Ark Nova, designed by Matthias Wigge and so widely acclaimed that it’s been distributed by literally one dozen publishers, is easiest to describe via amalgamation. There’s the sprawling market of Vlaada Chvátil’s Through the Ages, the escalator of five action cards from James Kniffen’s Civilization: A New Dawn, and the vaguely aggravating card draws of Jacob Fryxelius’s Terraforming Mars.
It’s wildly popular. I think I know why.
Yesterday we looked at Amabel Holland’s Trans-Siberian Railroad, a cube rails game so stuffed with ideas it had a serious case of stomach cramps. Published only two years later, Iberian Gauge tinkers in similar spaces. This time, however, its appetite and gaze are simpatico.
Longtime readers may recall that I’m a bit of a snob when it comes to location-grabbing horizontal area control games, a.k.a. Battle a-Line-ks, a.k.a. Schotten-tots. Don’t know what I’m talking about? Why, none other than titles such as Omen: A Reign of War, Haven, and Air, Land, & Sea, all of which put their own spin on this simplest of genres.
Now I have a fourth favorite: Carlo Bortolini’s Riftforce. The trouble is that its spin is best expressed via numbers.
It’s no secret that my favorite part of Ryan Courtney’s Pipeline was the pipe-laying. Scoring, automation, loans — no thanks. Give me Donnelly nut spacing and cracked system rim-riding grip configurations using a field of half-seized sprats and brass-fitted nickel slits. The McMillan way. That’s all it takes to make me happy.
Curious Cargo is Courtney’s follow-up to Pipeline, although its shaky proximity to its predecessor has me doubting the term “follow-up.” As before, piping is a major feature. More so, even, than in Pipeline. But despite that similarity, it’s very much its own thing, right down to the husk nuts bolstered to each girdle jerry.
Did you know that Ireland’s track gauge isn’t very common? 1,600mm. That’s rare, apparently. Not that you’d know it from Tom Russell’s Irish Gauge. Some games fill you in on what they’re about. Scratch that, most games. Some go the extra mile by holding forth on the ancient lineages of their elves. Irish Gauge doesn’t warrant a paragraph. Not even a blurb in the rulebook. The back of the box says something about puffs of black smoke and braking steam — real scene-setting stuff — but nothing about why Ireland requires such wide tracks. You’d think that’d be an American thing.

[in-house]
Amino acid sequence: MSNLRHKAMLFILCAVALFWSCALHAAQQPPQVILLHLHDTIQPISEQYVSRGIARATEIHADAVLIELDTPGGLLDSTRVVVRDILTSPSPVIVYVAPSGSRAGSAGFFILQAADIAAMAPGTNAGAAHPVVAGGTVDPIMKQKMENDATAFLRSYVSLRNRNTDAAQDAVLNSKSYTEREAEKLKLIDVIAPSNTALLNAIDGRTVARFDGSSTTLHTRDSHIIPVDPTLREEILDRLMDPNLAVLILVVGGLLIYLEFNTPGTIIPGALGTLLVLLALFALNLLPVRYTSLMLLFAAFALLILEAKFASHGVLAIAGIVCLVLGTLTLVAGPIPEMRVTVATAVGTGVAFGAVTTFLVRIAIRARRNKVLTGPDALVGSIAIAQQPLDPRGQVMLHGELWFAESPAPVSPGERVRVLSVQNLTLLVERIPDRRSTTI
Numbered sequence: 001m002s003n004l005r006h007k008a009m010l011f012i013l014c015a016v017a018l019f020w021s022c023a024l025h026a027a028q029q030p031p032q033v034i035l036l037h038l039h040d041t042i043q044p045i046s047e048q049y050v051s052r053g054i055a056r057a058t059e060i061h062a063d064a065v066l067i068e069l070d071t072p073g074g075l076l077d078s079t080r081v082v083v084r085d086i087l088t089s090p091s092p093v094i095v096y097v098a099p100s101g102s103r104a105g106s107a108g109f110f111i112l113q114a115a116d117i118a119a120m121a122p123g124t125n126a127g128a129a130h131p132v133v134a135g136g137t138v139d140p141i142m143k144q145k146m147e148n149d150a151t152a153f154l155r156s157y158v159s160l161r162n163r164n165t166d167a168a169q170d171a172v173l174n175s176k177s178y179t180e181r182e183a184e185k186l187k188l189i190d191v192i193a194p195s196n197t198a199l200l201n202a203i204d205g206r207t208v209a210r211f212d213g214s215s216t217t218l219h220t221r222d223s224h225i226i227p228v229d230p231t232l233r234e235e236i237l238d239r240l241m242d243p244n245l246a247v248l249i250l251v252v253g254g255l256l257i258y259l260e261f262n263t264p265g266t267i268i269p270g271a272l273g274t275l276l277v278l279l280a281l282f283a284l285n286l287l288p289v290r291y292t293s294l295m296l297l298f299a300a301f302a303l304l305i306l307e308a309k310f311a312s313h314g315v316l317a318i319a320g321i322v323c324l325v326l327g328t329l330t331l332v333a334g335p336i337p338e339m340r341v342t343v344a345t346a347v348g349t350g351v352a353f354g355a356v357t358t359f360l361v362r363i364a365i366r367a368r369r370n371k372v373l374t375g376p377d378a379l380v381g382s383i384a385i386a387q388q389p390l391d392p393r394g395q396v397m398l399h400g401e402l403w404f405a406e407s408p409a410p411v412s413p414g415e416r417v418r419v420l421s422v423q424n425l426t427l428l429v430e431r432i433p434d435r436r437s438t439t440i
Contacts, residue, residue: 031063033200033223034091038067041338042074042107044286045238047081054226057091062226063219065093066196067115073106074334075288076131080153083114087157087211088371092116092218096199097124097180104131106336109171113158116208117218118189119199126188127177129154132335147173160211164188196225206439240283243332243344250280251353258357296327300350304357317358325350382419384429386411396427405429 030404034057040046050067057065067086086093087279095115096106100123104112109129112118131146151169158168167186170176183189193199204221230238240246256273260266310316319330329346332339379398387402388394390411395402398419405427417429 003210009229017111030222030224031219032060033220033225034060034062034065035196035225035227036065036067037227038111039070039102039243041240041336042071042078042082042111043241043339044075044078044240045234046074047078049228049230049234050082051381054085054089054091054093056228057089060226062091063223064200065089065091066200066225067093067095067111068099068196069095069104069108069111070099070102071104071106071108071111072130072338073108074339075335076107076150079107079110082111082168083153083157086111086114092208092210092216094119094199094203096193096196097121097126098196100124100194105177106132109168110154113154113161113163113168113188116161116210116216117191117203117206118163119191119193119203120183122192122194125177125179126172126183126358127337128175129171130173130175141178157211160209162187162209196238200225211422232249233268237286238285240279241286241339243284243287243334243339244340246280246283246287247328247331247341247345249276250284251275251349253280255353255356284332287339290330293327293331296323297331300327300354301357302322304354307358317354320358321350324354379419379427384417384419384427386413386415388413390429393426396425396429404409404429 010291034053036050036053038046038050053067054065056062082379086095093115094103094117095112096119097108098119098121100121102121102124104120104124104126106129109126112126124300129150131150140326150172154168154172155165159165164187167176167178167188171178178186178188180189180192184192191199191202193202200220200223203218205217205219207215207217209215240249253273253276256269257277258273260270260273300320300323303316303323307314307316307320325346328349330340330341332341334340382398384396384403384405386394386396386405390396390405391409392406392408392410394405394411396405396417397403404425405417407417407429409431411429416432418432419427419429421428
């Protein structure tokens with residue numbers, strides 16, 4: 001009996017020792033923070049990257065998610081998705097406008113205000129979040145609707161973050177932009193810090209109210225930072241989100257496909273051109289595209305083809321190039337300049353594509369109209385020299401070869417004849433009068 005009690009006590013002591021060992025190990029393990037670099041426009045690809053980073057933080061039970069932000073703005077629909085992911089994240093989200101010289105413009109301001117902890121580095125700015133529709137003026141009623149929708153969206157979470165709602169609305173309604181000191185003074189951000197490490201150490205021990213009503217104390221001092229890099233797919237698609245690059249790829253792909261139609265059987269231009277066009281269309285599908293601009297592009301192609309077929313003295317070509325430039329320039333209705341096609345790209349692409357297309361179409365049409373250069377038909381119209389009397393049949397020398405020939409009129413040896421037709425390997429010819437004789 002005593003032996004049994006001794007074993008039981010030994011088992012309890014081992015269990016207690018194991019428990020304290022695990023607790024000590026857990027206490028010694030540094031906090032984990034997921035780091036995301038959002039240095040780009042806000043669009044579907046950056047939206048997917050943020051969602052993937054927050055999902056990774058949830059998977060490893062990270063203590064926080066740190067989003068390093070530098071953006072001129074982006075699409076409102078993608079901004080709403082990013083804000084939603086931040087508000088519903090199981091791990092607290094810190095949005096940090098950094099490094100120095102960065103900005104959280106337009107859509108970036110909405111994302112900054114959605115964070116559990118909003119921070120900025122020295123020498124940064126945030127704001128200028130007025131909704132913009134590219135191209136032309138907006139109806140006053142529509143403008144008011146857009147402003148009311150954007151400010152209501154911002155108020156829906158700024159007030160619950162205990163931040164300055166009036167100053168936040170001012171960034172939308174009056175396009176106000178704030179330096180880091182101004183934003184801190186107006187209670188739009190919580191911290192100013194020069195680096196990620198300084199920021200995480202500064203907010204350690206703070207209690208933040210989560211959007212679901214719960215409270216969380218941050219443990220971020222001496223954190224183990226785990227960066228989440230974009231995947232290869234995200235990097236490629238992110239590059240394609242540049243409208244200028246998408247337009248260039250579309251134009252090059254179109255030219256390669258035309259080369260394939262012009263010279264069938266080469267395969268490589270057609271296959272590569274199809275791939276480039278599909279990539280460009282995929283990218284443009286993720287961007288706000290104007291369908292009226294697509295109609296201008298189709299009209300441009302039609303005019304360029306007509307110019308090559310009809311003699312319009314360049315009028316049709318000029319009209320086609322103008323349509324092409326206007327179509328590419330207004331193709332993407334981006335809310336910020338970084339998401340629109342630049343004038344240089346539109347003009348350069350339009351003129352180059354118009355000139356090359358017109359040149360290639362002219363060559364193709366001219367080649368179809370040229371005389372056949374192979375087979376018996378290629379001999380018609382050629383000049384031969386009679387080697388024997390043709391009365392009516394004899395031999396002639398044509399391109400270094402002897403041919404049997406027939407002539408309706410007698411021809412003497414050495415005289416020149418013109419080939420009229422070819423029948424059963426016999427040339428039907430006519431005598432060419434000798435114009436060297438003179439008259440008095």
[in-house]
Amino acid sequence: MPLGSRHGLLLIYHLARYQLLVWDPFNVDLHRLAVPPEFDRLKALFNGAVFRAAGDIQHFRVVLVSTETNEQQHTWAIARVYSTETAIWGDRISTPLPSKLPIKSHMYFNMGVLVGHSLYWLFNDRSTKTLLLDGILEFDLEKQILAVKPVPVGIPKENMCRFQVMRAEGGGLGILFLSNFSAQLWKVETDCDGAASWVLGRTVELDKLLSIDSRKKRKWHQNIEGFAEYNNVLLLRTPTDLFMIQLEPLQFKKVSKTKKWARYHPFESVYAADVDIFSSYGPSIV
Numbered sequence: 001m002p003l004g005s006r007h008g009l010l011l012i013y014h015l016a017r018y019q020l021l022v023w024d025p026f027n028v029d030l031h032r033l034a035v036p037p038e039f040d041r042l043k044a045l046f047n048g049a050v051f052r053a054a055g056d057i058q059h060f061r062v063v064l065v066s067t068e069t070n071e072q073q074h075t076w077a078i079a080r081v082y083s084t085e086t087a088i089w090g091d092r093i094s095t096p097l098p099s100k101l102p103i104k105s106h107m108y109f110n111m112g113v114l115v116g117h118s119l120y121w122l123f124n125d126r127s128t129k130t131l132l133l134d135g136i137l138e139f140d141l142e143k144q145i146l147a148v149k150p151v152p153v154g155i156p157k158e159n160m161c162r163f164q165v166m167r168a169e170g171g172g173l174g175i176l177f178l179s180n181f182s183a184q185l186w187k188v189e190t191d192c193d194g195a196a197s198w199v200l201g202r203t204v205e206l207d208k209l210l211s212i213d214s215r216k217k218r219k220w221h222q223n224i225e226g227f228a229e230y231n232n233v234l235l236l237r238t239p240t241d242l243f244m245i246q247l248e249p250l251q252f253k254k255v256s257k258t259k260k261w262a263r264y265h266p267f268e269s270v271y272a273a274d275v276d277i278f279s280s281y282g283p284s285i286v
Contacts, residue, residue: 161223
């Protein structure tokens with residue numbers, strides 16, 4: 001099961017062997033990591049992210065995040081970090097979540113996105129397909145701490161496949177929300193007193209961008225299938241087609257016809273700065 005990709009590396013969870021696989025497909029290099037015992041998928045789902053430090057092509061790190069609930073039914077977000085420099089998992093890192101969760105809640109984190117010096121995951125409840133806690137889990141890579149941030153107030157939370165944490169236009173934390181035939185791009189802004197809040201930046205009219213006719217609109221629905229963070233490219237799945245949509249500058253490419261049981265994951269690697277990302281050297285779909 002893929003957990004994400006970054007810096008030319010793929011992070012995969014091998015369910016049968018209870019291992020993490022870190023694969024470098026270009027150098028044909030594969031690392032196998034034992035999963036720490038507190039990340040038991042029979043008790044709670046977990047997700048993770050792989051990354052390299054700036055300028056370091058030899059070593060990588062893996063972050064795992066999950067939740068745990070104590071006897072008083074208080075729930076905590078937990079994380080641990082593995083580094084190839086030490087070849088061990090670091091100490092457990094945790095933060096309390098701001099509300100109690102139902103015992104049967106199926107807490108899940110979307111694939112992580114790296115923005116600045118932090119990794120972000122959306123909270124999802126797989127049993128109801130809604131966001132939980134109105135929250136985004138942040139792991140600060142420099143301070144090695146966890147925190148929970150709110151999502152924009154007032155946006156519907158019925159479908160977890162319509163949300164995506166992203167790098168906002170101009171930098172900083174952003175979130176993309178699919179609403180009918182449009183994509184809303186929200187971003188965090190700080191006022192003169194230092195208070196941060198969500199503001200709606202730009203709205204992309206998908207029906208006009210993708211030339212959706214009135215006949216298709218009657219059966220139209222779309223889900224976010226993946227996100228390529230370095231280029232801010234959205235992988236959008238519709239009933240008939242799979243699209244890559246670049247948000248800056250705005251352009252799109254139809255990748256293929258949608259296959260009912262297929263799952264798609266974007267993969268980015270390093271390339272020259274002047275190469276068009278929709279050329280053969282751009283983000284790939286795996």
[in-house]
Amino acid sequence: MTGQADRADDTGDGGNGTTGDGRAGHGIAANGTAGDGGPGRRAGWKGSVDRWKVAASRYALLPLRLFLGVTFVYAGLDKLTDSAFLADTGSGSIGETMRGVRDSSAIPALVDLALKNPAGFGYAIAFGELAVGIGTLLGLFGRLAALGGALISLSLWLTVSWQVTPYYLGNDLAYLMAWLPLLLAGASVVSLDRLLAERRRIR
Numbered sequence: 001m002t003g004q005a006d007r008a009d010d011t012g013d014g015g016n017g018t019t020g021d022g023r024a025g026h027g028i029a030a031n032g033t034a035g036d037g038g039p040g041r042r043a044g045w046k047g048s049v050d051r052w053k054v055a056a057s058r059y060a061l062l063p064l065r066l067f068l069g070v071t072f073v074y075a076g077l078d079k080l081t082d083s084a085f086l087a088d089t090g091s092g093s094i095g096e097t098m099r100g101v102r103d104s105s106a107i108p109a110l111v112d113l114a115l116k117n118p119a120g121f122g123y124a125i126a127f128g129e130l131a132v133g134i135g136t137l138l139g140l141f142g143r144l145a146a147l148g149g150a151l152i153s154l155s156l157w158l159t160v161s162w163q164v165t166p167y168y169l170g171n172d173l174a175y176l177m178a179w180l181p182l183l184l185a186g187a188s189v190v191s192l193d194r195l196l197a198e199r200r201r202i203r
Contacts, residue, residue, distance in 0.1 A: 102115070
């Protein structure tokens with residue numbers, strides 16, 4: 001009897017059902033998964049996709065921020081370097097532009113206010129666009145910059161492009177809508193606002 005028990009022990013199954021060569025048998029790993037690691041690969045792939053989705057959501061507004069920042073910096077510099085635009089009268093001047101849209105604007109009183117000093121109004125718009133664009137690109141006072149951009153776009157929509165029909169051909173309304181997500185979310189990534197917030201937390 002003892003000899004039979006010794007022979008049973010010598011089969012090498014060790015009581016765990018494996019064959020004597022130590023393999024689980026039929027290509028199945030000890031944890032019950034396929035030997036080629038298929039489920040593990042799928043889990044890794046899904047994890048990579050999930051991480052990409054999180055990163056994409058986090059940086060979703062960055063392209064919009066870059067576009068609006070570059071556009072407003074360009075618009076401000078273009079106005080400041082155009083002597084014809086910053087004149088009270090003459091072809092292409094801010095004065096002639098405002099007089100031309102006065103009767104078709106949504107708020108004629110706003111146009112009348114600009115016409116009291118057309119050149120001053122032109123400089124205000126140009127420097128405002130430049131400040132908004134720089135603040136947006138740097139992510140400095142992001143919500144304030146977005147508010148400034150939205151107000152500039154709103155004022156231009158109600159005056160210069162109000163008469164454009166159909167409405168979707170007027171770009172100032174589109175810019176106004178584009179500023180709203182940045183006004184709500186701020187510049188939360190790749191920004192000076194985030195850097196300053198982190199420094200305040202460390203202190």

Not that it matters. If Irish Gauge is presenting one of Russell’s systemic arguments, it’s silent on the topic. Instead, this is a design of sharp edges and barbed hooks. And it peels its way under the skin with only a single sheet of rules.
A game about investigating the President of the United States for obstruction of justice? How far-fetched.
I have a theory that the hallmark of a heavy economic game is the ability to take out a loan. Not just any loan, mind you. This isn’t some family loan, a hand-wavey Pay me back when you get the chance, son. No, this is the loan a banker makes when he’s got you over a barrel with one hand and is clutching your short hairs with the other. The sort of loan that makes you wonder why you decided to lay track instead of becoming a financier.
Pipeline lets you take out such loans. The first time will wring a gasp-worthy 33% interest out of you, and each additional loan compounds from there. By the fifth visit to Mr. Manager, Sir, you’ll be required to pay back 400% of what you borrowed. Not that you’ll need five loans. But the option is there, tantalizing like an apple in the Garden of Eden.
Does Pipeline live up to its allure? For a while, sure.
I don’t usually assign scores, but The Estates deserves zero stars. That’s right. Zero. As in nothing. Even harsher, I’ll award its predecessor, the decade-old Neue Heimat, negative eight points. Just for being German. Yeah, I went there.
But here’s the thing: when it comes to The Estates, that’s a stupendously flattering score. Come on down and I’ll explain why.